The term ‘groundhopping’ has been used since the late 1980s and is made up of the two English words ‘ground’ and ‘to hop’. Groundhoppers are people who cross national borders, and travel within their own country, to see as many football stadiums including football games as possible. It is a kind of football-based tourism. Groundhopping culture is strong in England, Scotland and Germany. Groundhoppers travel frequently, to see as many new football stadiums in different cities, regions and countries as possible. Groundhopping gives prestige to groundhoppers who have visited many stadiums. At the same time, groundhopping is not just about visiting many stadiums, it is also about engaging with history, politics and acts of remembering. Groundhopping culture values ‘traditional’ and ‘old-school’ football stadiums: those with terraces, standing room and grandstands built in the early to mid-20th century. With many stadiums being renovated or demolished, there is an urgency to groundhopping: one wants to see historical stadiums, before they are no longer.
Unlike other football fan scenes, for instance that of the ultras, the centre of interest for groundhoppers are football stadiums in general and not those of their favourite clubs. They may visit many games of their favourite team as well, but the vast majority of games visited are without involvement of their team. One reason for the selection of a certain ground to visit, is the function of a stadium as a place of remembrance. But, what is a place of remembrance? And further, what is remembered and how is it remembered? Is remembering embodied in the architecture of a stadium?
The architecture and history of a stadium, plays a crucial role in the functioning of a stadium as a place of remembrance. A place of remembrance can be both material and immaterial, as a place of remembrance is constituted by its symbolic function (cf. François und Schulze: 2001: 18). Places of remembrance are places of collective memory and identity, ‘which are embedded in the societal, cultural and political conventions’ (François und Schulze: 2001: 18). The concept of place in this sense is to be understood as a place in a social, cultural, political, real or imaginary space – thus, the place receives its meaning and purpose only with the relations that mediate its position (cf. François und Schulze: 2001: 17).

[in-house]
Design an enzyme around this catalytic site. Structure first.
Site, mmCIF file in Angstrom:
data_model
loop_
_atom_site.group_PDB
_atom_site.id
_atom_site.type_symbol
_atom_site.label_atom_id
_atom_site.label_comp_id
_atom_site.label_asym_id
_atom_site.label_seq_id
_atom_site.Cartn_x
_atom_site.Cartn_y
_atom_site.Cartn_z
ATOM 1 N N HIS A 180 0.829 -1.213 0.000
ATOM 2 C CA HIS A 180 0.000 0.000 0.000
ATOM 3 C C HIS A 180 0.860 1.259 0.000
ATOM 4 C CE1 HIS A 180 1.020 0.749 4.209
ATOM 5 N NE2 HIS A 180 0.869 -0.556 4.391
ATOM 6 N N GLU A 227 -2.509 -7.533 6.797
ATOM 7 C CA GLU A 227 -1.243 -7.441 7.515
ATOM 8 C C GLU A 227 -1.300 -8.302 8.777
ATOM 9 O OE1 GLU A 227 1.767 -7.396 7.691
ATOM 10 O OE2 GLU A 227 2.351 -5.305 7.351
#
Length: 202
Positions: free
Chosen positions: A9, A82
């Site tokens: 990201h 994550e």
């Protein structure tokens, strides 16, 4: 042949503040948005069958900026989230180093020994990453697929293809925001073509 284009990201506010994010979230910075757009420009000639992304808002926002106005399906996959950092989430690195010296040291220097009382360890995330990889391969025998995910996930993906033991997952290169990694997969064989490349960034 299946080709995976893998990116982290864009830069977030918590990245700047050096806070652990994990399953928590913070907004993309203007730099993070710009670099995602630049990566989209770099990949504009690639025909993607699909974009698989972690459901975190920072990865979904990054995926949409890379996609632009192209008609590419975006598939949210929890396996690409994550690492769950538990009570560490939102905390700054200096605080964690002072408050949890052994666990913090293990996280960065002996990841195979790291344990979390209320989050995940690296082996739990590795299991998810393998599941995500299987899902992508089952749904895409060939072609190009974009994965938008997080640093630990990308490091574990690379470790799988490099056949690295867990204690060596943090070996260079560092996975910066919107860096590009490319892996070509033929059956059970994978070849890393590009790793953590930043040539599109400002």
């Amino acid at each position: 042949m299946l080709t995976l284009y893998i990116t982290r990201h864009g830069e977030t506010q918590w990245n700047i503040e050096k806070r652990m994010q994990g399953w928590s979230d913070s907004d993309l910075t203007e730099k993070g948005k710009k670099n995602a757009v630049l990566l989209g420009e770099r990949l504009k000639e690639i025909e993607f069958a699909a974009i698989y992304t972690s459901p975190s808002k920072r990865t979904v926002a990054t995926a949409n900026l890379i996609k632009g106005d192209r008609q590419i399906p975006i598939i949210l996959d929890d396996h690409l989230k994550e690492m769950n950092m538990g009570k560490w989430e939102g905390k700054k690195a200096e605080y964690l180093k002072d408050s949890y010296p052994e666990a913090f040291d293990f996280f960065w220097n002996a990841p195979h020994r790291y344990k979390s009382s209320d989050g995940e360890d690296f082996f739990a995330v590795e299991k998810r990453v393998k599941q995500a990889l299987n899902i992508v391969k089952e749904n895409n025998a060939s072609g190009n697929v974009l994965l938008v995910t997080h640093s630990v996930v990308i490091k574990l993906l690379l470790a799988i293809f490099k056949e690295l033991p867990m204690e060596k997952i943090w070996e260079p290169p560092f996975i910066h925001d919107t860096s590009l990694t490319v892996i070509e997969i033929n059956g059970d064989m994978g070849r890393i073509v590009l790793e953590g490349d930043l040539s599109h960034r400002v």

The mass media plays a constitutive role in the creation of the unique characteristics of football stadiums, as their representation of football continues to play a significant part in ensuring that the names of many football stadiums are connected with past games of outstanding importance or with certain aspects of the audience. These includes, for example, the Aztec Stadium in Mexico City with its nickname as ‘cauldron’ or the Millerntor Stadium in Hamburg as ‘House of Pleasure in the league’ (cf. Leo 2005: 159). But what of the smaller stadiums that I discuss below? Examples of German stadiums that serve as a place of remembrance are the Ellenfeld Stadium in Neunkirchen and the Grünwalderstadion in Munich. Other stadiums that serve as place of remembrance are the Stadium Donnerschwee in Oldenburg and the George Melches Stadium in Essen, which have already been demolished.